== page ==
I got ahead of myself a bit when I put up my post about collecting maple sap. After all, I was both a little excited about the prospect of real maple syrup and also a little put out about getting my feet wet. So, when Mr. Farmer decided to put another tap in another tree, I followed him around with a camera to document the process.
First, he drilled a hole about 4 feet from the base of the tree. The slightly upward angle is important, and the hole should be slightly smaller in diameter than the tap, and slightly deeper.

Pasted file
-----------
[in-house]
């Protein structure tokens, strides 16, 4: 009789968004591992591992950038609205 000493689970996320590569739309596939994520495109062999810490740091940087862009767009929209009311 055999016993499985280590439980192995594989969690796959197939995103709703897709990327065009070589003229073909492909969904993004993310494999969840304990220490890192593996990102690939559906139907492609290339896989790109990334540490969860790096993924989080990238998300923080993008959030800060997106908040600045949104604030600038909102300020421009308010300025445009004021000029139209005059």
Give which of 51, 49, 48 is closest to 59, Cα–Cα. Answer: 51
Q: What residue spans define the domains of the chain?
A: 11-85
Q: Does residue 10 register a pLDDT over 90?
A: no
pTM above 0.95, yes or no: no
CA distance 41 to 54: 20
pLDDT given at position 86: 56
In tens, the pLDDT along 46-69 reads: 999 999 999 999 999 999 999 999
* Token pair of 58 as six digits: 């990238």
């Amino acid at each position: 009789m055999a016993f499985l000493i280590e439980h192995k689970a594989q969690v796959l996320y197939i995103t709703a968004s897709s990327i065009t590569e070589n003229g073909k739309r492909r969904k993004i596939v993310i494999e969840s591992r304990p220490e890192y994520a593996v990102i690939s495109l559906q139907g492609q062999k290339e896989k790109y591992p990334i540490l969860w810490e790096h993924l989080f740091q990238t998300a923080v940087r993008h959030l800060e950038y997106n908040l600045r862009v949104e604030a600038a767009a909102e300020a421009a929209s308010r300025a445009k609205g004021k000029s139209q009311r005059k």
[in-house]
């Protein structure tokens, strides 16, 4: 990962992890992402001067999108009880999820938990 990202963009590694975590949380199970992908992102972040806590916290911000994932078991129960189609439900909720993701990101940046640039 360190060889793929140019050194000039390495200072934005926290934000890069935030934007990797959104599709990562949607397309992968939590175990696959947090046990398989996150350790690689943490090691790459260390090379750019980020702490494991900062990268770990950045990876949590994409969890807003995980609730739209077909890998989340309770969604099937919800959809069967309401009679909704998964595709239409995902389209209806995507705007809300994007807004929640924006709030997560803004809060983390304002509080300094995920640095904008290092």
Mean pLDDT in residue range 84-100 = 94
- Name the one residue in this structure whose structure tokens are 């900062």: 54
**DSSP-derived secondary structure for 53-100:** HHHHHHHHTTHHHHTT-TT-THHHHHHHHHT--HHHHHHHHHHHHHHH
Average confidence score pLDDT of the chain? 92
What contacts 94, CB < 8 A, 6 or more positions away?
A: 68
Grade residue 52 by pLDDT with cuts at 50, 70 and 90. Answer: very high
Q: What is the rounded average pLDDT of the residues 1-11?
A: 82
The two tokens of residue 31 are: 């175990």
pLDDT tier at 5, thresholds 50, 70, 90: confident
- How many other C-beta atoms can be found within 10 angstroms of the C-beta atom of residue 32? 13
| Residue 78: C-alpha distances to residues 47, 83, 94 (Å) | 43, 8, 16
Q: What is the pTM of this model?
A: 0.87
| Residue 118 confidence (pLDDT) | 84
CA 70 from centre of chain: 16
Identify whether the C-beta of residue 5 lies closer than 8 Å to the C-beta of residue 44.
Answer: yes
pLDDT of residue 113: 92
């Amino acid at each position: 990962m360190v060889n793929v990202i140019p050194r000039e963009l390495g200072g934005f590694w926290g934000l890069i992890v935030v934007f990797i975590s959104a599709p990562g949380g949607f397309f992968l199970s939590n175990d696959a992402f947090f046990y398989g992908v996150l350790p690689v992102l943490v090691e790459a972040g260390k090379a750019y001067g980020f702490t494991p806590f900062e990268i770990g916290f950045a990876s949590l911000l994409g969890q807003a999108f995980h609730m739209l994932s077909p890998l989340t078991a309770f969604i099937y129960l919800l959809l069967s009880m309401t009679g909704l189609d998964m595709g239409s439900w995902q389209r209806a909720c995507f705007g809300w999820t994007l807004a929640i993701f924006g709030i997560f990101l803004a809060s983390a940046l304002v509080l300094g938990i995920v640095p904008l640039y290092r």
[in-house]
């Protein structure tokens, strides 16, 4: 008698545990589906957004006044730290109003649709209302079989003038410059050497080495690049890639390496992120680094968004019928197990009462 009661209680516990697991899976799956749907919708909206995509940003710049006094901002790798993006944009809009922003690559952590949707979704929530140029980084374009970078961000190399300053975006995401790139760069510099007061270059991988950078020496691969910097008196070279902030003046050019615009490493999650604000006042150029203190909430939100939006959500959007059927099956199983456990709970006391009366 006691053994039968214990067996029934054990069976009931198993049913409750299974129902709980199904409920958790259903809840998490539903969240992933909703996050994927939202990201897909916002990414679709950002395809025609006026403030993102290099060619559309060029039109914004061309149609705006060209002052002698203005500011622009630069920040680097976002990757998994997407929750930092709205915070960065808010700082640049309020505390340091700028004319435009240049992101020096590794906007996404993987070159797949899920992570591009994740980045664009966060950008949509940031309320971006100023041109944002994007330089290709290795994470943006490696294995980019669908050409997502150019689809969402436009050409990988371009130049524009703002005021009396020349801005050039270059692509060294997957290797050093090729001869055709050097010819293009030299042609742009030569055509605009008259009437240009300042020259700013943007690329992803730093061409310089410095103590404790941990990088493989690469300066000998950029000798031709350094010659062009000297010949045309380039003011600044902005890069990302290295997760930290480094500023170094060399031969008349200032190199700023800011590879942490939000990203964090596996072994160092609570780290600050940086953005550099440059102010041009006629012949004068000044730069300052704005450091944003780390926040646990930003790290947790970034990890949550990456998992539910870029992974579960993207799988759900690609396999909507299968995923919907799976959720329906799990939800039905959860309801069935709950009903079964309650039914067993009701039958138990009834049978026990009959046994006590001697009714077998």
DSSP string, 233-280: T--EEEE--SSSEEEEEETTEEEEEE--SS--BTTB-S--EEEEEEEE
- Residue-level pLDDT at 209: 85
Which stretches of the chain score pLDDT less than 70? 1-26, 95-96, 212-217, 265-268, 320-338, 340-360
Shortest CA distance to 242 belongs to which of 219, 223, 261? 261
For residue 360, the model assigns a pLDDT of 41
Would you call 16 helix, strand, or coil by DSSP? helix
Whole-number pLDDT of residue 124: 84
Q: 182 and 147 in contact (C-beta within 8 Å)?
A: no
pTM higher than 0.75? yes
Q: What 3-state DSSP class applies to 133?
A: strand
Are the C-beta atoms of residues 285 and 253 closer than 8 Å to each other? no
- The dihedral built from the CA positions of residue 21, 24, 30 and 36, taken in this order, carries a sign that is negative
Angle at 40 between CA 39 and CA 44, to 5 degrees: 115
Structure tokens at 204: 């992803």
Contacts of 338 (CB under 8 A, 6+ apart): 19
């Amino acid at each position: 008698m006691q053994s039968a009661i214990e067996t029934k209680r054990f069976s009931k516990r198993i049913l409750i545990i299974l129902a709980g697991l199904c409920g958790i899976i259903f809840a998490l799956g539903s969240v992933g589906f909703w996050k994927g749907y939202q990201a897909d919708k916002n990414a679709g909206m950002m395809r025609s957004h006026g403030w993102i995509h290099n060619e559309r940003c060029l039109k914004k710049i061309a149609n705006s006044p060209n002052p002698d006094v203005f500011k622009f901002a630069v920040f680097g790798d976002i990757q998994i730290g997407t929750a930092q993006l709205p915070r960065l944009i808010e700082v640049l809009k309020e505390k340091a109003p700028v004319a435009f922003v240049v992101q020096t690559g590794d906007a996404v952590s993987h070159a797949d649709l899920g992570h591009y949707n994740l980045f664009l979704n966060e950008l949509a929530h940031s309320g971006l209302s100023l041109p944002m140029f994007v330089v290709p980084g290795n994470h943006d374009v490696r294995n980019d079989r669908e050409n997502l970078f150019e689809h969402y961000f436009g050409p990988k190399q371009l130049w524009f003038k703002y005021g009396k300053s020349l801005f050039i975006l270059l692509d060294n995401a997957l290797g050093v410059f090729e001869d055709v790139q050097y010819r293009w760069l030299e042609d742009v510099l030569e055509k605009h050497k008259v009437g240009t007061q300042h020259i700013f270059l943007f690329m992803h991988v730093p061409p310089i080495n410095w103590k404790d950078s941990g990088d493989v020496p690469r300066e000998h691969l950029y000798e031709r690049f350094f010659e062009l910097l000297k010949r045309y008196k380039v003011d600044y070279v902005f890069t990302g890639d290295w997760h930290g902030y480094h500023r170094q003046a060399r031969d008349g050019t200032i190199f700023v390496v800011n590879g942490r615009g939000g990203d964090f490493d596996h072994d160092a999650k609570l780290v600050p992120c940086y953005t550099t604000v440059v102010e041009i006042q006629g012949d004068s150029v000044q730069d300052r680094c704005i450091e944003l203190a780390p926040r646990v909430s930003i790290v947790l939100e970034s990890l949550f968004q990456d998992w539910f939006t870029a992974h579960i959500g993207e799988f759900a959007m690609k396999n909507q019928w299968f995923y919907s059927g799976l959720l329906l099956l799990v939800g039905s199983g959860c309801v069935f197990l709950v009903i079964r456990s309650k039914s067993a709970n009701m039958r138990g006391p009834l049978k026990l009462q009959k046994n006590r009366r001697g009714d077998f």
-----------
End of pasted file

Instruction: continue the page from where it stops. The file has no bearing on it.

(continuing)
Then he bangs the tap in with a hammer:
And it starts running almost immediately!
In this case he used a gallon sized mayonnaise jar from a friend who works at a deli to catch the sap.
After some fiddling, he found he could cut a hole in the side of the jar to hang it on the tap. Then he could just screw the lid back on to keep rainwater out!
So there you have it. This very low tech (but truly ingenious) tree tapping method has been used for centuries. The only thing that has changed is the hardware. The first taps were whittled of wood, and the first buckets were wood as well. We won't be cooking our sap into syrup using an open fire or fireplace, either, but that is a post for another day.....